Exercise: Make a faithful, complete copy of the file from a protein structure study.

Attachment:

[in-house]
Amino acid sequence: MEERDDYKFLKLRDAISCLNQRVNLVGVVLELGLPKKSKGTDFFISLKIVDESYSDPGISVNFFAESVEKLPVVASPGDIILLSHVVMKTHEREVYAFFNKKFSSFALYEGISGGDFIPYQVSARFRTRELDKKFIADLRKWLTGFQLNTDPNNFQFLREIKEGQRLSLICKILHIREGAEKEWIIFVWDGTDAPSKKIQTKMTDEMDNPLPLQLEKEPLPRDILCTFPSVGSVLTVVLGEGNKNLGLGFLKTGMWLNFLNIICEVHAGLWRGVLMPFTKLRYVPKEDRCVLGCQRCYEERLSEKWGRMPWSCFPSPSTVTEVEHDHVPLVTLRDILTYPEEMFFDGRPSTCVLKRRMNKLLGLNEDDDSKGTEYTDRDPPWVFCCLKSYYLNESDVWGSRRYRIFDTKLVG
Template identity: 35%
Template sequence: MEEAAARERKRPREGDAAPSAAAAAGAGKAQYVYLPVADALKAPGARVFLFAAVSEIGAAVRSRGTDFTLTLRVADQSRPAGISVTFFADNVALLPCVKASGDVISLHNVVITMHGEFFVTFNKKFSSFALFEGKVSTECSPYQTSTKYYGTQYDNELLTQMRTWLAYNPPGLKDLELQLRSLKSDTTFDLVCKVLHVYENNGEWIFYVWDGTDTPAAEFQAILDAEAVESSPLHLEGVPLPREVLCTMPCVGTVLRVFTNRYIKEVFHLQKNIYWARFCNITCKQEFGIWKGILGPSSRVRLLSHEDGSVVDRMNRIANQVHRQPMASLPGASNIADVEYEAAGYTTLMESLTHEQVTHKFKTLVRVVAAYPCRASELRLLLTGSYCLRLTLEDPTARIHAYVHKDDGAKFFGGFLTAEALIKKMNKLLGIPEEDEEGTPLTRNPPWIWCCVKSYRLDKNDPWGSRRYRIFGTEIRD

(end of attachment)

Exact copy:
[in-house]
Amino acid sequence: MEERDDYKFLKLRDAISCLNQRVNLVGVVLELGLPKKSKGTDFFISLKIVDESYSDPGISVNFFAESVEKLPVVASPGDIILLSHVVMKTHEREVYAFFNKKFSSFALYEGISGGDFIPYQVSARFRTRELDKKFIADLRKWLTGFQLNTDPNNFQFLREIKEGQRLSLICKILHIREGAEKEWIIFVWDGTDAPSKKIQTKMTDEMDNPLPLQLEKEPLPRDILCTFPSVGSVLTVVLGEGNKNLGLGFLKTGMWLNFLNIICEVHAGLWRGVLMPFTKLRYVPKEDRCVLGCQRCYEERLSEKWGRMPWSCFPSPSTVTEVEHDHVPLVTLRDILTYPEEMFFDGRPSTCVLKRRMNKLLGLNEDDDSKGTEYTDRDPPWVFCCLKSYYLNESDVWGSRRYRIFDTKLVG
Template identity: 35%
Template sequence: MEEAAARERKRPREGDAAPSAAAAAGAGKAQYVYLPVADALKAPGARVFLFAAVSEIGAAVRSRGTDFTLTLRVADQSRPAGISVTFFADNVALLPCVKASGDVISLHNVVITMHGEFFVTFNKKFSSFALFEGKVSTECSPYQTSTKYYGTQYDNELLTQMRTWLAYNPPGLKDLELQLRSLKSDTTFDLVCKVLHVYENNGEWIFYVWDGTDTPAAEFQAILDAEAVESSPLHLEGVPLPREVLCTMPCVGTVLRVFTNRYIKEVFHLQKNIYWARFCNITCKQEFGIWKGILGPSSRVRLLSHEDGSVVDRMNRIANQVHRQPMASLPGASNIADVEYEAAGYTTLMESLTHEQVTHKFKTLVRVVAAYPCRASELRLLLTGSYCLRLTLEDPTARIHAYVHKDDGAKFFGGFLTAEALIKKMNKLLGIPEEDEEGTPLTRNPPWIWCCVKSYRLDKNDPWGSRRYRIFGTEIRD